Living with a Twizy

Is the Twizy a serious solution to urban mobility, or could it be the modern electric automotive ‘white elephant’, like the Sinclair C5 was of the 80s? To find out we spent some time with this quirky Renault to see how it fitted into modern-day life.

‘Will our car have the optional doors?’; that was the question both niggling and worrying us. We had briefly experienced this tandem Renault, once in sheeting rain where we got mildly damp and once in scorching heat, where we felt over-exposed. The lack of doors in a hot, holiday atmosphere sounds like fun: however, with this summer’s weather at both extremes of the spectrum, the idea of driving anywhere in an open-sided car filled us with dread. Typical then, that when the delivery driver pulls up at our house, we’re in the middle of another titanic shower. Still, it’s a relief to see our range-topping £7,400 Technic specification Twizy has the £545 optional Lamborghini-style scissor doors.

The Twizy’s controls are simple for anyone to operate – just twist the key until it bleeps, press the Drive button, release the hand brake and you’re off. The Twizy’s performance immediately puts a smile on your face, and its 50mph top speed is more than enough to keep up with other traffic in urban conditions. With the handling tuned by Renaultsport, it’s entertaining to drive too, even if the ride verges on the uncomfortable. Most of the time spent driving the Twizy was in town, its natural habitat. Easy to park, thanks to its tiny dimensions, although the lack of a rear window makes manoeuvring a little more difficult.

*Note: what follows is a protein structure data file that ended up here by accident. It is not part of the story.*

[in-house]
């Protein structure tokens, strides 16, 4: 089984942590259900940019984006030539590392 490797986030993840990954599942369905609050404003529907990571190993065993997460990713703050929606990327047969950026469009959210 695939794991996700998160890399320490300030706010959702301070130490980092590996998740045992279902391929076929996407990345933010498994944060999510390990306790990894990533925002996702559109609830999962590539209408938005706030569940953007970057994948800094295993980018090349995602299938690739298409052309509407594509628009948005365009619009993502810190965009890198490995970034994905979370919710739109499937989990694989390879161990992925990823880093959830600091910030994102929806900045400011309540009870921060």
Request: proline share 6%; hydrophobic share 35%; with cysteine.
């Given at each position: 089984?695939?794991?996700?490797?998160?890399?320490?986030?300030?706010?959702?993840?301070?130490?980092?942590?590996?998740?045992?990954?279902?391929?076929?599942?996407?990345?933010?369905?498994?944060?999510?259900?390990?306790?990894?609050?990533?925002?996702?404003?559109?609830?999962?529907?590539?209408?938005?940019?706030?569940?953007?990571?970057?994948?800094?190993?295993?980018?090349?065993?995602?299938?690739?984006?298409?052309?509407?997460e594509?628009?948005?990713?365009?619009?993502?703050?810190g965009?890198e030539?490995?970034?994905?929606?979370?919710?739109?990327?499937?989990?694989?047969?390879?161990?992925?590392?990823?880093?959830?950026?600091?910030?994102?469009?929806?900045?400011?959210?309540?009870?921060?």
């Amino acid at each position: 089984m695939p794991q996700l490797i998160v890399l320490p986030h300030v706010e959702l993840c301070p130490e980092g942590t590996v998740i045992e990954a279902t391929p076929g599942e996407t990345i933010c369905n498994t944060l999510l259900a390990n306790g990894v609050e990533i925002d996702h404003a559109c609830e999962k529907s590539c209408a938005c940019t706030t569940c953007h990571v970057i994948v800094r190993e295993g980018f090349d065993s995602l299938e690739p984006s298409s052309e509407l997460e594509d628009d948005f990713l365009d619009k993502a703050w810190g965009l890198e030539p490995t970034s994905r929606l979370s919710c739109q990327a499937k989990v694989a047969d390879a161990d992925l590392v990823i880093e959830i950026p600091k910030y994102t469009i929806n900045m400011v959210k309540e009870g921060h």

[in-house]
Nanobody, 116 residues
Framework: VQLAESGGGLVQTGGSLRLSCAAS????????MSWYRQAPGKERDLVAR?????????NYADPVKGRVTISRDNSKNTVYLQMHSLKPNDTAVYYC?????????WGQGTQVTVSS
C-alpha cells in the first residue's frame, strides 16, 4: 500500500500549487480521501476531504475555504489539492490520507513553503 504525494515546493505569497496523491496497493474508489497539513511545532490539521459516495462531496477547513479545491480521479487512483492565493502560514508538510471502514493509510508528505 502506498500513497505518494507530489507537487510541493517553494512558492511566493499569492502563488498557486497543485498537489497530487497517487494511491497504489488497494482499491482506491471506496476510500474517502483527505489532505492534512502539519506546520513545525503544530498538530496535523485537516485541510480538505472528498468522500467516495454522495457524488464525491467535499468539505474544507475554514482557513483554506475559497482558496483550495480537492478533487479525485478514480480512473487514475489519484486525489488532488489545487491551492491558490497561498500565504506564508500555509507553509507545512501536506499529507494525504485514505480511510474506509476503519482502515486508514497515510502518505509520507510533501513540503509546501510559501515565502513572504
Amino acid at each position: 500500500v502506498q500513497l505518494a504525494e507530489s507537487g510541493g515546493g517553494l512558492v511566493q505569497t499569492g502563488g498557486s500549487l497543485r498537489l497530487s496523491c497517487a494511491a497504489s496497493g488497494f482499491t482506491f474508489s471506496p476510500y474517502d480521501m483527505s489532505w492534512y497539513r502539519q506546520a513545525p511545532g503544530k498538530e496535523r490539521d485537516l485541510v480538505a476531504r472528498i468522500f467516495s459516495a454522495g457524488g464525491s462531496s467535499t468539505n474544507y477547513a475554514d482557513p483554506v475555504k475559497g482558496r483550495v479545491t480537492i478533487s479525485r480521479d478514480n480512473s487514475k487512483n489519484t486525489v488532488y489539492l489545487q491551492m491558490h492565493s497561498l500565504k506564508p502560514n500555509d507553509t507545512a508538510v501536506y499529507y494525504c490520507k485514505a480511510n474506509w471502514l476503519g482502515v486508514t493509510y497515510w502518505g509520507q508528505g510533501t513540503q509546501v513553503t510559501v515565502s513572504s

Out of town, the Twizy is still fun, the only limits being the near 50-mile range (though it’s very easy to charge) and the top speed. The optional Parrot Bluetooth kit seems a worthwhile option at £280 – on top of making hands-free calls, you can listen to music through the roof-mounted speakers. In traffic, even the smallest city cars dwarf the Twizy, and it’s easy to feel vulnerable up against large trucks. There’s just a driver’s airbag in the Twizy, no weight in the doors and they don’t feel like they would offer that much support in a crash. The city Renault hasn’t been tested by Euro NCAP as yet, but Renault is mighty confident that it will stand up well in a crash.

We love the fact it looks like nothing else on the road, especially with the Technic’s bright coloured highlights and those funky three-spoke alloys. We couldn’t have got more attention over the weekend than if we had been driving an expensive supercar. So would we buy one? In an urban environment, yes. It lends itself to modern-day living very well, as long as you can put up with its limitations, or have access to a second car for longer journeys.

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